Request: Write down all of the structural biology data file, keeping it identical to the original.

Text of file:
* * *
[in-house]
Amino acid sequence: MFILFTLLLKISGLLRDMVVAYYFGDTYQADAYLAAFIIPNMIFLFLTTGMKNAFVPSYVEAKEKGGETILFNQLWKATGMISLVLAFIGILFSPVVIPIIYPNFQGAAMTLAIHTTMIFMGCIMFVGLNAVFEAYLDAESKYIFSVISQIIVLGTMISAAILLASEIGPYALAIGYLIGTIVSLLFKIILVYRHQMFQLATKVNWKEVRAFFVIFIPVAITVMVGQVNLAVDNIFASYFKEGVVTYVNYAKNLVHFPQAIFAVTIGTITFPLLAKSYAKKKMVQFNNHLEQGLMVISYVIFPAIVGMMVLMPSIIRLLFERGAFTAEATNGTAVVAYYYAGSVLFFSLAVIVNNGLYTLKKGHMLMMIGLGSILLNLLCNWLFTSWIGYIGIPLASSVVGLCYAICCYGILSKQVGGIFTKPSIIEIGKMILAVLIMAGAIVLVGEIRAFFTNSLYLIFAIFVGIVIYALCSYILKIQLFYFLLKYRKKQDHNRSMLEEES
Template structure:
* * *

[in-house]
Amino acid sequence: MFILFTLLLKISGLLRDMVVAYYFGDTYQADAYLAAFIIPNMIFLFLTTGMKNAFVPSYVEAKEKGGETILFNQLWKATGMISLVLAFIGILFSPVVIPIIYPNFQGAAMTLAIHTTMIFMGCIMFVGLNAVFEAYLDAESKYIFSVISQIIVLGTMISAAILLASEIGPYALAIGYLIGTIVSLLFKIILVYRHQMFQLATKVNWKEVRAFFVIFIPVAITVMVGQVNLAVDNIFASYFKEGVVTYVNYAKNLVHFPQAIFAVTIGTITFPLLAKSYAKKKMVQFNNHLEQGLMVISYVIFPAIVGMMVLMPSIIRLLFERGAFTAEATNGTAVVAYYYAGSVLFFSLAVIVNNGLYTLKKGHMLMMIGLGSILLNLLCNWLFTSWIGYIGIPLASSVVGLCYAICCYGILSKQVGGIFTKPSIIEIGKMILAVLIMAGAIVLVGEIRAFFTNSLYLIFAIFVGIVIYALCSYILKIQLFYFLLKYRKKQDHNRSMLEEES
Template structure: